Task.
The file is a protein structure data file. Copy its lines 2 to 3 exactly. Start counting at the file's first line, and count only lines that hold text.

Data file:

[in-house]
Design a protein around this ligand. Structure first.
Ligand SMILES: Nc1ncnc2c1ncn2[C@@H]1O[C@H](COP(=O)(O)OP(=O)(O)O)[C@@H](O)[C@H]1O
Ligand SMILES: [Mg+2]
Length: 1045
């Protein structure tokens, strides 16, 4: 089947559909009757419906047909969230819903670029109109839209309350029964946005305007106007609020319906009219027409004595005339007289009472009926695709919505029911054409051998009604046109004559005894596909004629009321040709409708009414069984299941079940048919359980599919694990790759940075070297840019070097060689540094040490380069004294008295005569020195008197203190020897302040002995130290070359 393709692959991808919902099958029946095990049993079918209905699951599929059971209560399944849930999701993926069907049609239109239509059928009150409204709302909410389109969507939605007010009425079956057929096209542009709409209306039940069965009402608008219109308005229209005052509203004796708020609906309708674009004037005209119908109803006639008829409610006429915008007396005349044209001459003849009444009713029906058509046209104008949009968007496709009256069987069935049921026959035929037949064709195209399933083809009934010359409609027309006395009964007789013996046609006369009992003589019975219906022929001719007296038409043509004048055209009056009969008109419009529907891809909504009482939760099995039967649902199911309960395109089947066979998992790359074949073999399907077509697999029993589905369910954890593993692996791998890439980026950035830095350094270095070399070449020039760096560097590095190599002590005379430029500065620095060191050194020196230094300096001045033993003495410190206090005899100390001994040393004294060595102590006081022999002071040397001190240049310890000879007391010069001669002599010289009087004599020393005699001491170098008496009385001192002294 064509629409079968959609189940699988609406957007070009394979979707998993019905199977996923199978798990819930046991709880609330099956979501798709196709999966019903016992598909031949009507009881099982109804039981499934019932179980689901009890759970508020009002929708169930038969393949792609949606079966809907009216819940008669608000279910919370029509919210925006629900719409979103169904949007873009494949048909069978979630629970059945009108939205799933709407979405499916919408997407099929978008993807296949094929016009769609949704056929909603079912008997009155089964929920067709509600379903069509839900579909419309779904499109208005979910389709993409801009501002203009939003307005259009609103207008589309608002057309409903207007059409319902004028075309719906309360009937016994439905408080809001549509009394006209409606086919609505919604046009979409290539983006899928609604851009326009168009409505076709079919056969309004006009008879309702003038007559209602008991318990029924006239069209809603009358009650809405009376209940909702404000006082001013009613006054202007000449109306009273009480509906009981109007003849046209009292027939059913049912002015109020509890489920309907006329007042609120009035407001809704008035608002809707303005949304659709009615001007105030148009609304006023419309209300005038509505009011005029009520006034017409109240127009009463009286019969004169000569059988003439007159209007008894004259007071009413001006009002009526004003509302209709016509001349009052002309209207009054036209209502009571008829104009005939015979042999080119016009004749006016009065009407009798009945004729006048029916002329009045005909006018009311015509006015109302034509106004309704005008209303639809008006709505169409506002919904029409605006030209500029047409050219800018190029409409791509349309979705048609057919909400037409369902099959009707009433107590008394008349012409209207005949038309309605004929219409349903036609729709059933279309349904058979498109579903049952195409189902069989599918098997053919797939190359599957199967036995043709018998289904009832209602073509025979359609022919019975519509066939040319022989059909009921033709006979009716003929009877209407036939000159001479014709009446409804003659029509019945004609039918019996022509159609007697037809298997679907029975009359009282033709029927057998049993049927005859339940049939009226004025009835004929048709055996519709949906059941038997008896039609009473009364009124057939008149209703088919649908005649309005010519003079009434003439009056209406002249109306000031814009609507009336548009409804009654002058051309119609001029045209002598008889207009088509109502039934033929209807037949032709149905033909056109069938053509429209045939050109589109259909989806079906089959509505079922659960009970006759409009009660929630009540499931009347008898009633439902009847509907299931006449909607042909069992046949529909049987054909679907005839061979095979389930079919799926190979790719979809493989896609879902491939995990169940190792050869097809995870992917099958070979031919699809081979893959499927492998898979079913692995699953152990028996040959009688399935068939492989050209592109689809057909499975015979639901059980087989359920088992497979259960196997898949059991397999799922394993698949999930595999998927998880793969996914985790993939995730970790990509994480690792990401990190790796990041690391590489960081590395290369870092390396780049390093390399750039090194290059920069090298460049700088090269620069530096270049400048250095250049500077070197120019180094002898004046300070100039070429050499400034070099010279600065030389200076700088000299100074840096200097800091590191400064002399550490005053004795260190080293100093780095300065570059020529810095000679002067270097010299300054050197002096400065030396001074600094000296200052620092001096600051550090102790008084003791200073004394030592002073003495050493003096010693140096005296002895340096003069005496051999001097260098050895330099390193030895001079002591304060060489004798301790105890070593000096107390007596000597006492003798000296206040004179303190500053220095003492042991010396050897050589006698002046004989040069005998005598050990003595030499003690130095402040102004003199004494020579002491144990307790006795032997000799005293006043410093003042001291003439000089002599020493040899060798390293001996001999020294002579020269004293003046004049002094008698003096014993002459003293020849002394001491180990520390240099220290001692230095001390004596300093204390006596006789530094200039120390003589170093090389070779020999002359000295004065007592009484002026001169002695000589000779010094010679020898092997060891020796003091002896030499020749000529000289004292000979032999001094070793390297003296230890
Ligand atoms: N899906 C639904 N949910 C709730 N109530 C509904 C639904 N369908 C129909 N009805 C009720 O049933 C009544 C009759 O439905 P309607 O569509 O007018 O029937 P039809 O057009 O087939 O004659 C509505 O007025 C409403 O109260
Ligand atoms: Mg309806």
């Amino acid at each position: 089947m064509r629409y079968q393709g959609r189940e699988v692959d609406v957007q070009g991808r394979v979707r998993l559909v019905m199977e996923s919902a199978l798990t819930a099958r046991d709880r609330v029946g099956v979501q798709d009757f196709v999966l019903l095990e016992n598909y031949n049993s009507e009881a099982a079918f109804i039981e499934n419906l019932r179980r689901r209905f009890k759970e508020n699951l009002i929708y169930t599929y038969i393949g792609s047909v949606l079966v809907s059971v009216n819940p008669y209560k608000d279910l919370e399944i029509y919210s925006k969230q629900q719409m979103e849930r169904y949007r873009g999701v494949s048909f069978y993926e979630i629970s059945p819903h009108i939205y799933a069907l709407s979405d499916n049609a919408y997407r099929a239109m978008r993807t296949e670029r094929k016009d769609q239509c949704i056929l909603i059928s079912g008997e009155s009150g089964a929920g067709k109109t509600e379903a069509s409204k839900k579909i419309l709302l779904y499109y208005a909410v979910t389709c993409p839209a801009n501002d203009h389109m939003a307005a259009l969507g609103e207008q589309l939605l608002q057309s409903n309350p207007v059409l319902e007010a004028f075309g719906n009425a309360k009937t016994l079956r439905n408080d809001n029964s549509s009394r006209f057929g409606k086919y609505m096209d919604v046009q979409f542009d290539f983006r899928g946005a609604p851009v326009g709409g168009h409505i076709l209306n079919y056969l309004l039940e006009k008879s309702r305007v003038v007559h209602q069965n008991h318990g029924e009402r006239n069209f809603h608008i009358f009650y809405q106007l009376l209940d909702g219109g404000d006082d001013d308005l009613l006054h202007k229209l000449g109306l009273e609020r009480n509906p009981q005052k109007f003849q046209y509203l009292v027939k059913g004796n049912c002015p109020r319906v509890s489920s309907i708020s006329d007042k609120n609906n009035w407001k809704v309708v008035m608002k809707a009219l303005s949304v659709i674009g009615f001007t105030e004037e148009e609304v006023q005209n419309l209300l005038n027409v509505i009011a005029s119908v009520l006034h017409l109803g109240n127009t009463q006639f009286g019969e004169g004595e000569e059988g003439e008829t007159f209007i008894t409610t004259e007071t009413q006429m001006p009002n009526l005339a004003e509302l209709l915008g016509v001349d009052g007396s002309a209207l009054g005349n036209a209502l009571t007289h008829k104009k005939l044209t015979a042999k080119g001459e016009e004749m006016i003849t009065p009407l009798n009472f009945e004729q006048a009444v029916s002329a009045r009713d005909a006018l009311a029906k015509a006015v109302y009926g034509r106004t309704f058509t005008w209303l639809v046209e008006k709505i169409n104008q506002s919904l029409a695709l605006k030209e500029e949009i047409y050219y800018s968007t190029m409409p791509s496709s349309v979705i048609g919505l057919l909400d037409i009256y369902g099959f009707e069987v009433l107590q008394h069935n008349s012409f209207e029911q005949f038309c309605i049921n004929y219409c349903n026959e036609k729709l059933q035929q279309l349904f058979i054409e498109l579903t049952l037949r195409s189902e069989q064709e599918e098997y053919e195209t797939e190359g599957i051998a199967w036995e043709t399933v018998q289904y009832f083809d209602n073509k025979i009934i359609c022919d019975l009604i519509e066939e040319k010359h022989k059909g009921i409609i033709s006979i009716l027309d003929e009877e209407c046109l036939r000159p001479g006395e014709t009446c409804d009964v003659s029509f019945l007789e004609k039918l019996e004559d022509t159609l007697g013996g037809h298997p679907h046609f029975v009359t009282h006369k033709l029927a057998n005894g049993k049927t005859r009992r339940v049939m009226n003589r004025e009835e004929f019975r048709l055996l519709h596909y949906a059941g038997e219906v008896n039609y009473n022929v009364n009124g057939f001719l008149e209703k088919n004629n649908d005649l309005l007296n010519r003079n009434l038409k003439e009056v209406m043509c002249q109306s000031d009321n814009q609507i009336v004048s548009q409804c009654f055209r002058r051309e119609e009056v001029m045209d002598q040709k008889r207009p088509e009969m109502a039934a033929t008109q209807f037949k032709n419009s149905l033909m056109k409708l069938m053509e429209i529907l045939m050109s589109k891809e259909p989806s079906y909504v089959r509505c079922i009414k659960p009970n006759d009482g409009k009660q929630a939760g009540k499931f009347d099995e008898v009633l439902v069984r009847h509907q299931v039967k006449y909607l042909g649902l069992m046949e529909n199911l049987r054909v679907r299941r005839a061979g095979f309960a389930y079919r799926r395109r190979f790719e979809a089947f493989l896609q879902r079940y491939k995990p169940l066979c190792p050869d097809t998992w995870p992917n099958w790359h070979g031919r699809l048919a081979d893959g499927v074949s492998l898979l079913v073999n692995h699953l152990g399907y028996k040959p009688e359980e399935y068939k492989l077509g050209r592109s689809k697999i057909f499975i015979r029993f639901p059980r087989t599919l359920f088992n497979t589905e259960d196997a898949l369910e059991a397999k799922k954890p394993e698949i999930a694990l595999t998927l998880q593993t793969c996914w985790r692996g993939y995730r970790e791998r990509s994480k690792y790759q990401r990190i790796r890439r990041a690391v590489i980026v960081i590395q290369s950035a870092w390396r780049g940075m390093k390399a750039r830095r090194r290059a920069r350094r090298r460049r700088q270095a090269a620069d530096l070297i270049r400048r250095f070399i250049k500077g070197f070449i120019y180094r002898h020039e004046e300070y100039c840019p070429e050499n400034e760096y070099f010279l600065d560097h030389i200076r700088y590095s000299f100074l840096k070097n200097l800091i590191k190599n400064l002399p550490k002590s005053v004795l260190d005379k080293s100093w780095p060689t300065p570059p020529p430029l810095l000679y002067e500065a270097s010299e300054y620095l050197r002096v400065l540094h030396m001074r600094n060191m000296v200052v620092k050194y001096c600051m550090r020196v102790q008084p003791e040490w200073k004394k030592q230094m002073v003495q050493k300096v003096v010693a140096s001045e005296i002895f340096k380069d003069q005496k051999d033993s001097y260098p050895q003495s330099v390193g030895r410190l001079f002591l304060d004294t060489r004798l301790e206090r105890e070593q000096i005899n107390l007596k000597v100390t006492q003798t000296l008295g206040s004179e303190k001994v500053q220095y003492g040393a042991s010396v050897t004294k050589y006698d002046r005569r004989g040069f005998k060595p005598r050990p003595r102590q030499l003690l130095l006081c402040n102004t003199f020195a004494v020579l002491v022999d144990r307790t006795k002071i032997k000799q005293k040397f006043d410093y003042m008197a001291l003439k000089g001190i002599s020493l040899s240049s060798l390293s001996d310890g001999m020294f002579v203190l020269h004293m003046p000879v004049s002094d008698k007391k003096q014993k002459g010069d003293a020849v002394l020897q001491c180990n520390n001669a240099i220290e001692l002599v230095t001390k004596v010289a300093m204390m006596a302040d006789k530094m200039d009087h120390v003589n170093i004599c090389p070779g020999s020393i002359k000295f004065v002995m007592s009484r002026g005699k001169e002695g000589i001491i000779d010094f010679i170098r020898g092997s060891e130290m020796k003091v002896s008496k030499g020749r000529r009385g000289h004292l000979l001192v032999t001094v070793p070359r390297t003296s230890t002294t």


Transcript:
Design a protein around this ligand. Structure first.
Ligand SMILES: Nc1ncnc2c1ncn2[C@@H]1O[C@H](COP(=O)(O)OP(=O)(O)O)[C@@H](O)[C@H]1O